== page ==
### Stochastic Curtailment

Lan, Simon, and Halperin (1982) introduce stochastic curtailment to stop a trial if, given current data, it is likely to predict the outcome of the trial with high probability. That is, a trial can be stopped to reject the null hypothesis if, given current data in the analyses, the conditional probability of rejecting under at the end of the trial is greater than , where the constant should be between 0.5 and 1 and values of 0.8 or 0.9 are recommended (Jennison and Turnbull, 2000, p. 206). Similarly, a trial can be stopped to accept the null hypothesis if, given current data in the analyses, the conditional probability of rejecting under the alternative hypothesis at the end of the trial is less than .

The following two approaches for stochastic curtailment are available in the SEQTEST procedures: conditional power approach and predictive power approach. For each approach, the derived group sequential test is used as the reference test for rejection.

#### Conditional Power Approach

In the SEQTEST procedure, you can compute two types of conditional power as described in the following sections:

##### TYPE=ALLSTAGES

The default TYPE=ALLSTAGES suboption in the CONDPOWER and PLOT=CONDPOWER options computes the conditional power at an interim stage k as the total probability of rejecting the null hypothesis at all future stages given the observed statistic (Zhu, Ni, and Yao, 2011, pp. 131–132).

For a one-sided test with an upper alternative, the conditional power at an interim stage k is given by

where is the observed statistic and is the hypothetical reference. The conditional power for a one-sided test with a lower alternative is similarly derived.

For a two-sided test, the conditional power for the upper alternative is given by

The conditional power for the lower alternative is similarly derived.

##### TYPE=FINALSTAGE

The TYPE=FINALSTAGE suboption in the CONDPOWER and PLOT=CONDPOWER options computes the conditional power at an interim stage k as the probability that the test statistic at the final stage (stage K) would exceed the rejection critical value given the observed statistic (Jennison and Turnbull, 2000, p. 207).

The conditional distribution of given the observed statistic at the kth stage and the hypothetical reference is

where is the fraction of information at the kth stage.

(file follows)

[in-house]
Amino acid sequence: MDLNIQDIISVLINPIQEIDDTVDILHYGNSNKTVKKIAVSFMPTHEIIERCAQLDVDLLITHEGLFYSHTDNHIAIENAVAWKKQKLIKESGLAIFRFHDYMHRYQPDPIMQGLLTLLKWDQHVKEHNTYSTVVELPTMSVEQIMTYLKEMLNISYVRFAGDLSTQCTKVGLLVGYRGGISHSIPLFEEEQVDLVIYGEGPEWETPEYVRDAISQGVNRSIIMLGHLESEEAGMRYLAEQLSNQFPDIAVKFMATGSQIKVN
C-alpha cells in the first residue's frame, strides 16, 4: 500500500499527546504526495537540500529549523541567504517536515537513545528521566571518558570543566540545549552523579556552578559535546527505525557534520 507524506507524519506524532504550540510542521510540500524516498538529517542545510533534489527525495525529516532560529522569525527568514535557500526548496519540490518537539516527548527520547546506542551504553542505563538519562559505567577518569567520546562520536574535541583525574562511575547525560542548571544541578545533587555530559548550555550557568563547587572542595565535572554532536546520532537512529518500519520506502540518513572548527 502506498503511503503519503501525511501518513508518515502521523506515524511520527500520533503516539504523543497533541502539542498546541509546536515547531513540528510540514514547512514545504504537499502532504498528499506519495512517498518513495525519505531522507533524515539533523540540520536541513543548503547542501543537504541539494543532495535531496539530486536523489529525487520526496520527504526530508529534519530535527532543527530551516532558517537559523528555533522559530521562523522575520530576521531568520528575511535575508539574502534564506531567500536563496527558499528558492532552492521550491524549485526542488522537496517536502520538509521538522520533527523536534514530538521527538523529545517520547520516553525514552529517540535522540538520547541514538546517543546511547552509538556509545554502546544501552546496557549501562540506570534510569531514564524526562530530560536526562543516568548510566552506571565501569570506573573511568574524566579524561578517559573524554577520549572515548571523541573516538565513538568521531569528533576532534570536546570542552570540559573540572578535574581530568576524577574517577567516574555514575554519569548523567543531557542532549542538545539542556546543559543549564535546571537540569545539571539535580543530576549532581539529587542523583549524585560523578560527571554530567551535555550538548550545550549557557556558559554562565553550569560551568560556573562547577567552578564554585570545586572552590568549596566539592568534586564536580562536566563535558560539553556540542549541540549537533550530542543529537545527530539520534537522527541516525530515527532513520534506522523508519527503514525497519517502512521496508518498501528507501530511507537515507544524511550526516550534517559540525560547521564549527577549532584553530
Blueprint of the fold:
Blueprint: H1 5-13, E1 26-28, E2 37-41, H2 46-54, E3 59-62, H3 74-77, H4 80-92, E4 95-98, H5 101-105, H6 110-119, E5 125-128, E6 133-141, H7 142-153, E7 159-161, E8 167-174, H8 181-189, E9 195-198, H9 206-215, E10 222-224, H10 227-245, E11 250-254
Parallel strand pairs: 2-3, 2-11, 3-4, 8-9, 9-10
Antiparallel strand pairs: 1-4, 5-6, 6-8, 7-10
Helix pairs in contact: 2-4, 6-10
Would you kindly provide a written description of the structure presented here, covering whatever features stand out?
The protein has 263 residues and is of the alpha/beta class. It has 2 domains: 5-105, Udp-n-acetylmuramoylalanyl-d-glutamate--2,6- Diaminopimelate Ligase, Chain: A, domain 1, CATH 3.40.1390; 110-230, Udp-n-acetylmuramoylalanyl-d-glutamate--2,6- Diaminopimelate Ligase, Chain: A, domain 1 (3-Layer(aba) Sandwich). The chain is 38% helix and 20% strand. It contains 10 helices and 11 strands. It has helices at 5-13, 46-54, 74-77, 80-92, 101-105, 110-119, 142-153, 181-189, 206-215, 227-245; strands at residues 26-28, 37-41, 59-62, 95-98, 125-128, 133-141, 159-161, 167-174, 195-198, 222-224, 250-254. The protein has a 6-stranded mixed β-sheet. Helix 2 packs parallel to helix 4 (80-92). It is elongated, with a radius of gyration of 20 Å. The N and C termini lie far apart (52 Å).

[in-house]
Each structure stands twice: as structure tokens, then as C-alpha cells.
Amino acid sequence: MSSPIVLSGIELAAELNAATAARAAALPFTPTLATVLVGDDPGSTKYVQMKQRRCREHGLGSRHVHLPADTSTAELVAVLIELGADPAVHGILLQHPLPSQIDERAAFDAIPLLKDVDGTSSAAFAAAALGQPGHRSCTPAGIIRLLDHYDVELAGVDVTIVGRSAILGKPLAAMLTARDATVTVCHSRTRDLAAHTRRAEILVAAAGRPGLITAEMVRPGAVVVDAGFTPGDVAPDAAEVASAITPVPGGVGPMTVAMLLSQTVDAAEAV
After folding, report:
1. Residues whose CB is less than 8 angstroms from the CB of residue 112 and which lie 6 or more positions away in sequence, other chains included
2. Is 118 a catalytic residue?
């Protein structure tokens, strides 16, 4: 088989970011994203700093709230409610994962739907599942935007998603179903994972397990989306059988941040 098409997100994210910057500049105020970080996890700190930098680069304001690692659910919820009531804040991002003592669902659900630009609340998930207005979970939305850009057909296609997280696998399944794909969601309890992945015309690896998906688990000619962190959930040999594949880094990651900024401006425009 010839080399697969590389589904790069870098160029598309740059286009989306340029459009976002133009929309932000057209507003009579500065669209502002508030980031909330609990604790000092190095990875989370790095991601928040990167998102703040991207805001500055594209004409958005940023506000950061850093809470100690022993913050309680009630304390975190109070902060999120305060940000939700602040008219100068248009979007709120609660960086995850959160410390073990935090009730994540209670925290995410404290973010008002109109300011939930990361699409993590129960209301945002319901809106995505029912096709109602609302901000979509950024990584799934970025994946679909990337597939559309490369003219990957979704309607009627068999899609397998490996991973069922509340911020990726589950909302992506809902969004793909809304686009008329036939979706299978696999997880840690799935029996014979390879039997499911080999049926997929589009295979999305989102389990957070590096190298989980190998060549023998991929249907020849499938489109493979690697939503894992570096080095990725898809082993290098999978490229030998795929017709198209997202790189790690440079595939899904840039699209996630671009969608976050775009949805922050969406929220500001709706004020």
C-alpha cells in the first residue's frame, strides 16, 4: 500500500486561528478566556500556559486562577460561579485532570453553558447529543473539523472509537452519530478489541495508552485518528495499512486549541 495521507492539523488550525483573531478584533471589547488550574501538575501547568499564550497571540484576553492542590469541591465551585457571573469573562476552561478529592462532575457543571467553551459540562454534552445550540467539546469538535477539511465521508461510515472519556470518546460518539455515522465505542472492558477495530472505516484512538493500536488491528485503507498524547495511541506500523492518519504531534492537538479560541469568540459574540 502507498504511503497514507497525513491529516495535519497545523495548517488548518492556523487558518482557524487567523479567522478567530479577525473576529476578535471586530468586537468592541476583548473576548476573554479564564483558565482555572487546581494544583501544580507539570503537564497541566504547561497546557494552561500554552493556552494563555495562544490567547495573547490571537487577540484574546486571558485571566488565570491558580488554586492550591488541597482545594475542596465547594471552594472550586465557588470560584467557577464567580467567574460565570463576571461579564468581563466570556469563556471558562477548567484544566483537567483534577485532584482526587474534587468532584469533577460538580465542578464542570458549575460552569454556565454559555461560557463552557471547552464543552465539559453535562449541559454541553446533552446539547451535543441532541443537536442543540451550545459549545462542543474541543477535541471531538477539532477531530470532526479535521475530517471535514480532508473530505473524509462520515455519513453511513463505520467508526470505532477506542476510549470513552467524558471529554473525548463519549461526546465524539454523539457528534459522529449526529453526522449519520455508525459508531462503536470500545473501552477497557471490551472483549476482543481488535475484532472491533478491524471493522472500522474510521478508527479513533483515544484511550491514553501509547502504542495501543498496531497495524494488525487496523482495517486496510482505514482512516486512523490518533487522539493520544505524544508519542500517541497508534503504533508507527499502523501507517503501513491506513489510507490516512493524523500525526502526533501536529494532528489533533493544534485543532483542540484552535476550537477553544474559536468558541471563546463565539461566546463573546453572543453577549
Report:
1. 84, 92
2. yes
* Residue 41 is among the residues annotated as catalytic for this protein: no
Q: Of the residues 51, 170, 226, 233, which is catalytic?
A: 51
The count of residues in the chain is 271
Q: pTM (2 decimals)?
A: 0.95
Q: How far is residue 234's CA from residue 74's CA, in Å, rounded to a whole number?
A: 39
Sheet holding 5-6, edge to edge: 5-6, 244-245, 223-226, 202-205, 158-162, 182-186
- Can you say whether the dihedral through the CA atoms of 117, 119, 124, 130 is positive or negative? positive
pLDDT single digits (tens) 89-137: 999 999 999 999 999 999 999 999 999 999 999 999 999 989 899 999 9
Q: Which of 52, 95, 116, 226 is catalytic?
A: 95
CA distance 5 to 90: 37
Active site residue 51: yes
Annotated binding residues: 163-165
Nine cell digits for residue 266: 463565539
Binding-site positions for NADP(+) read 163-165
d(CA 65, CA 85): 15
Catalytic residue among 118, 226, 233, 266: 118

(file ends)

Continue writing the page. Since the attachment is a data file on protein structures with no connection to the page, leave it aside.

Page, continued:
The power for the upper alternative, , is then given by

where is the cumulative distribution function of the standardized Z statistic and is the upper critical value at the final stage.

Similarly, the power for the lower alternative, , is

where is the lower critical value at the final stage.

If , the maximum likelihood estimate at stage k, the powers for the upper and lower alternatives can be simplified:

If there exist interim stages between the kth stage and the final stage, , the conditional power computed with TYPE=FINALSTAGE is not the conditional probability to reject the null hypothesis . In this case, you can set the next stage as the final stage, and the conditional power is the conditional probability of rejecting .

A special case of the conditional power is the futility index (Ware, Muller, and Braunwald, 1985). It is 1 minus the conditional power under :

That is, it is the probability of accepting the null hypothesis under the alternative hypothesis given current data. A high futility index indicates a small probability of success (rejecting ) given the current data.

#### Predictive Power Approach

The conditional power depends on the specified reference , which might be supported by the current data (Jennison and Turnbull, 2000, p. 210). An alternative is to use the predictive power (Herson, 1979), which is a weighted average of the conditional power over values of . Without prior knowledge about , then with , the maximum likelihood estimate at stage k, the posterior distribution for (Jennison and Turnbull, 2000, p. 211) is

Thus, the predictive power at stage k for the upper and lower alternatives can be derived as

where and are the upper and lower critical values at the final stage.